Why the abortion wars have damaged public trust on the coronavirus (and so much more)

By Jonathon Van Maren

There has been much talk of conspiracy theories over the past several weeks. Some people are proposing them, prestigious publications like The Atlantic are issuing dire warnings (the conspiracy theorists are winning!), Christian thinkers are attempting to lay out why the ground is so fertile for such theories, and I attempted to explain why so many of these theories are swirling around Bill Gates. In a hyper-politicized age where everybody’s motives are suspect, it is difficult to know who to trust—especially when government bodies and public health agencies are often the very institutions promoting hormone blockers, birth control, and abortion.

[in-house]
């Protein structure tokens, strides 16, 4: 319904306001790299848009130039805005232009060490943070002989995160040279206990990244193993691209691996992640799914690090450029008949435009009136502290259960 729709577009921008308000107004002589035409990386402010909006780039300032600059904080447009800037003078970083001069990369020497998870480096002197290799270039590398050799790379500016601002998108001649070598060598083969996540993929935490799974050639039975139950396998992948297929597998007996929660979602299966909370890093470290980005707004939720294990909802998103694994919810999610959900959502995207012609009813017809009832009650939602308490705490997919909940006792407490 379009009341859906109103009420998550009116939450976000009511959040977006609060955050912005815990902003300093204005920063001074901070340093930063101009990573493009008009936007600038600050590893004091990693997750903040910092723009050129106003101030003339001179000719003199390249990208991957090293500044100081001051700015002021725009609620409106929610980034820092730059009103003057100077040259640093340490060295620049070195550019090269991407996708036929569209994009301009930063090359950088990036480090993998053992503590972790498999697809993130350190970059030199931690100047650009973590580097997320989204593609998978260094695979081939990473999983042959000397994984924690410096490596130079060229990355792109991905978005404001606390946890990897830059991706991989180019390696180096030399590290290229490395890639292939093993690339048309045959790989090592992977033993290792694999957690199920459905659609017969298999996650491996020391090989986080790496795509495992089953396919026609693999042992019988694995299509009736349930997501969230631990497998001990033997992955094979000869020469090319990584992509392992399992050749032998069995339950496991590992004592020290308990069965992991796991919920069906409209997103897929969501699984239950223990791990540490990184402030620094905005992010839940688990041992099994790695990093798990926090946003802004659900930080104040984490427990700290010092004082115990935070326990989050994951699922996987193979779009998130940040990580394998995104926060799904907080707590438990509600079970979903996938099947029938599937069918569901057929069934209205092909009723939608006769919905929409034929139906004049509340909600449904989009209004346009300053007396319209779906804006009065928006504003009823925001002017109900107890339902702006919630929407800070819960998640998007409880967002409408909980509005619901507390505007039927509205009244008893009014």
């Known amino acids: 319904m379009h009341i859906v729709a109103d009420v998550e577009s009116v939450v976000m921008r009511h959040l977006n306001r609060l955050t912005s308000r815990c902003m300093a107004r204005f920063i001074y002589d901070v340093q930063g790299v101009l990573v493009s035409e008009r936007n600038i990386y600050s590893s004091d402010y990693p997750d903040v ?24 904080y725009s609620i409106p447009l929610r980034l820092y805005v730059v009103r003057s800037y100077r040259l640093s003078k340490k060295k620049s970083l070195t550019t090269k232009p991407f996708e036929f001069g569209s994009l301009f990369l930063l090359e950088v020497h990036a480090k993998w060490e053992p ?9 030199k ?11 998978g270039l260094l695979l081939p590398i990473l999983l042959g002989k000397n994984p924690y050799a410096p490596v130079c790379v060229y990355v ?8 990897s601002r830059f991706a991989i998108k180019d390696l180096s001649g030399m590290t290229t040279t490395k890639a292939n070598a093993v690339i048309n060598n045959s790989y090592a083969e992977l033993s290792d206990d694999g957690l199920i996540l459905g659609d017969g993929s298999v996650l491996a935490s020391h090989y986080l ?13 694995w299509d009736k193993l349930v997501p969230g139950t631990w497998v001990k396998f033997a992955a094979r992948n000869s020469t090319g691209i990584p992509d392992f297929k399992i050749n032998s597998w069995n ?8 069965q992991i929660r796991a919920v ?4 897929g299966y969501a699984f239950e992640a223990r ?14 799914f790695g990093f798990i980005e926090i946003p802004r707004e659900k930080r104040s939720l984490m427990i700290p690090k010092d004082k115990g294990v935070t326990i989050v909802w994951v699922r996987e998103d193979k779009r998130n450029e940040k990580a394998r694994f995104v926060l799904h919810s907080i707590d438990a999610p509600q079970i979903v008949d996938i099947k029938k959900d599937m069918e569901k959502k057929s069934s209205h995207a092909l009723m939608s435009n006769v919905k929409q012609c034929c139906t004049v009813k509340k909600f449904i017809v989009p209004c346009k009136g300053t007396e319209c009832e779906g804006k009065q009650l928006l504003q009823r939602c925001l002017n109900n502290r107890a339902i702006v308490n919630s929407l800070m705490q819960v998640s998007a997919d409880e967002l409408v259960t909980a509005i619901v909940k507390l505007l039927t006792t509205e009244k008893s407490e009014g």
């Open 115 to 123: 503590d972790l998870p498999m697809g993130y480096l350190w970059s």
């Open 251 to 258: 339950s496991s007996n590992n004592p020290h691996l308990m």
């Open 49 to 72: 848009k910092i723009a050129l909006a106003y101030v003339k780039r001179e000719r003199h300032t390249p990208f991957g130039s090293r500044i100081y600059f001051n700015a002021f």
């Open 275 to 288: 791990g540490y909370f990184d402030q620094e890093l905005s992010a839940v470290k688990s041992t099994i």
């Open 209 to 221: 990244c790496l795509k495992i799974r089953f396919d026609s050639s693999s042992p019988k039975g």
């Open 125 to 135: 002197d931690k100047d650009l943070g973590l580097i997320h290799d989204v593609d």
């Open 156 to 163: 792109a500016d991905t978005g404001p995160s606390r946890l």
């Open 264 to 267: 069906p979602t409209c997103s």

I’d like to reiterate a point I’ve made about this before: Much of the erosion of public trust and growing polarization is a direct result of the abortion wars. Government bodies expect people to believe that they have the public interest in view, but they cancelled chemotherapy treatments and delayed other essential medical needs while awaiting the COVID-19 surge—while keeping every abortion clinic open for business. They stated that feticide was healthcare while delaying life-saving treatments for cancer patients. They claimed that everything they were doing was to protect the vulnerable, while also telling us that the destruction of the vulnerable was so important that it was one of the only services permitted to remain open during a global pandemic.



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